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'Animal Liberation' Attacks on Researchers Continue

Self-professed animal-liberation radicals continue to target scientists at UCLA

Self-professed animal-liberation radicals continue to target scientists at the University of California, Los Angeles, the latest reminder of the escalating violence that characterizes the fringes of the movement.

On Jan. 8, a UCLA researcher who studies methamphetamine and nicotine addiction in primates reportedly received a card in the mail. Enclosed with the note were razor blades coated with blood and rat poison, according to an anonymous letter signed by the so-called Justice Department and sent anonymously to the North American Animal Liberation Press Office. (The secretive Justice Department group has claimed credit for sending researchers tainted razor blades in the past.) UCLA media representative Phil Hampton said that the university had no reports of any researcher receiving such a package. But the Justice Department communique claimed that it had indeed sent the letter, which it said warned, "[A]s long as you continue to terrorize and murder monkeys for a living, you and your entire family are in harms [sic] way. This is just the beginning."

Actually, it wasn't. An incendiary device was ignited on the same researcher's front porch almost a year earlier, in February 2008.

The card arrived less than two months after the Animal Liberation Front (ALF), another radical group, claimed responsibility for car bombs that destroyed two vehicles that the attackers mistakenly believed belonged to another UCLA researcher who uses animals to study morbid obesity and eating disorders.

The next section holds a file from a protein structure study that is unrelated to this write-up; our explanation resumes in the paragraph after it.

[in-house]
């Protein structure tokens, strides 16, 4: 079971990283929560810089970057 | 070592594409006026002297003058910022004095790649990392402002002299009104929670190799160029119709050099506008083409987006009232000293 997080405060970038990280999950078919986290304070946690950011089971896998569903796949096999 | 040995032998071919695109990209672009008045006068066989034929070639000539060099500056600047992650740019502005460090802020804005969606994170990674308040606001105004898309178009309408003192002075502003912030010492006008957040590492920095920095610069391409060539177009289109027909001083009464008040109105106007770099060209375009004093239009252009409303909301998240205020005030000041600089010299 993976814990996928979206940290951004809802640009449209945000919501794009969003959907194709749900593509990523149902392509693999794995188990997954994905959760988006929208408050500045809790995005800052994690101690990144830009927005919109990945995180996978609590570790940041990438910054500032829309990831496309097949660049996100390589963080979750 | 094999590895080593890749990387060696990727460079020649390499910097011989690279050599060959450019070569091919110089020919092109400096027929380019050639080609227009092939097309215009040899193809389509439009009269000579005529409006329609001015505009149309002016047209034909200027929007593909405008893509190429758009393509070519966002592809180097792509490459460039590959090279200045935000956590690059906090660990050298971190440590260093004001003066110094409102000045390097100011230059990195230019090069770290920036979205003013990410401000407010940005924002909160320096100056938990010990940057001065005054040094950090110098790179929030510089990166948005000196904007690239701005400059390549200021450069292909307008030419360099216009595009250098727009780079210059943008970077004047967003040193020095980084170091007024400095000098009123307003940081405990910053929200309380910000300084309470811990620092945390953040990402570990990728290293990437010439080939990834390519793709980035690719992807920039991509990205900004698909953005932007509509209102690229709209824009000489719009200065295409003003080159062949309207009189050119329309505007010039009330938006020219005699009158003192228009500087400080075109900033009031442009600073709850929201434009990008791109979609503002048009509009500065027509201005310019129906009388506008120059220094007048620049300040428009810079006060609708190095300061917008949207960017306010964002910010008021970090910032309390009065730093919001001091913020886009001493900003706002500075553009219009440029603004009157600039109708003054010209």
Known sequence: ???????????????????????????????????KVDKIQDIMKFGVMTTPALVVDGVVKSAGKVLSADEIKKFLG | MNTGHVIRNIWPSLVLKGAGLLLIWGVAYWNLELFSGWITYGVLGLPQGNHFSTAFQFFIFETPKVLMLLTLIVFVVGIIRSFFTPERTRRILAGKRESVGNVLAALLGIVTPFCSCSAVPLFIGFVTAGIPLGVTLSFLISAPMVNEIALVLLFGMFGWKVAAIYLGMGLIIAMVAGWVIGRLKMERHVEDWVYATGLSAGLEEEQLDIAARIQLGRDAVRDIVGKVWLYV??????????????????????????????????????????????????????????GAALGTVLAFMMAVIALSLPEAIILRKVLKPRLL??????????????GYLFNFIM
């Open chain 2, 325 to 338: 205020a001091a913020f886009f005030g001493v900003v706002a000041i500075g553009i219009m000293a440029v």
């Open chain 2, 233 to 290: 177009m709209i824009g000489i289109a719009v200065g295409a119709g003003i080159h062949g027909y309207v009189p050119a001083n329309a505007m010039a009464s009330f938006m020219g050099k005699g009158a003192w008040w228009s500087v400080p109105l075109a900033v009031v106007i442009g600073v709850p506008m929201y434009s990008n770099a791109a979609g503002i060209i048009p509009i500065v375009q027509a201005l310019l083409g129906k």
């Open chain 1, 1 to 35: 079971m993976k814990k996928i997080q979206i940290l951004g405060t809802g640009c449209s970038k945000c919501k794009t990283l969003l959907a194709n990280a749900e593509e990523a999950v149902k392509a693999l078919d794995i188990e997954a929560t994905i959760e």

That wasn't the first time in recent years ALF has gotten the wrong address. In 2006, self-professed ALFers placed a firebomb on the doorstep of a neighbor of their intended target, yet another UCLA professor. Officials said that had the device worked as intended, the neighbor and her elderly tenant would have been killed.

In January, local and federal law enforcement went on heightened alert because of possible retaliatory acts from animal liberationists and eco-radicals following the sentencing to 22 years in prison of a member of the Earth Liberation Front. Cincinnati resident Marie Mason had pleaded guilty last September to helping set off an explosion and fire that caused more than $1 million in damage to Michigan State University's Agricultural Hall on New Year's Eve 1999. The attack was aimed at research into genetically modified crops. Although Mason's lawyers portrayed her as remorseful, Assistant U.S. Attorney Hagen Frank declared in a pre-sentencing court filing that she remains "an unapologetic advocate of violence and intimidation."

A "Free Marie Mason" webpage paints a different picture of Mason as "a 46 year old mother of two … an avid community gardener, a musician, a writer, an Earth First! organizer and a volunteer for a free herbal healthcare collective." The site says Mason's case is "one of the latest developments in what many have dubbed the 'Green Scare,' a recent wave of government repression aimed at disrupting and discrediting grassroots environmental activism and criminalizing dissent."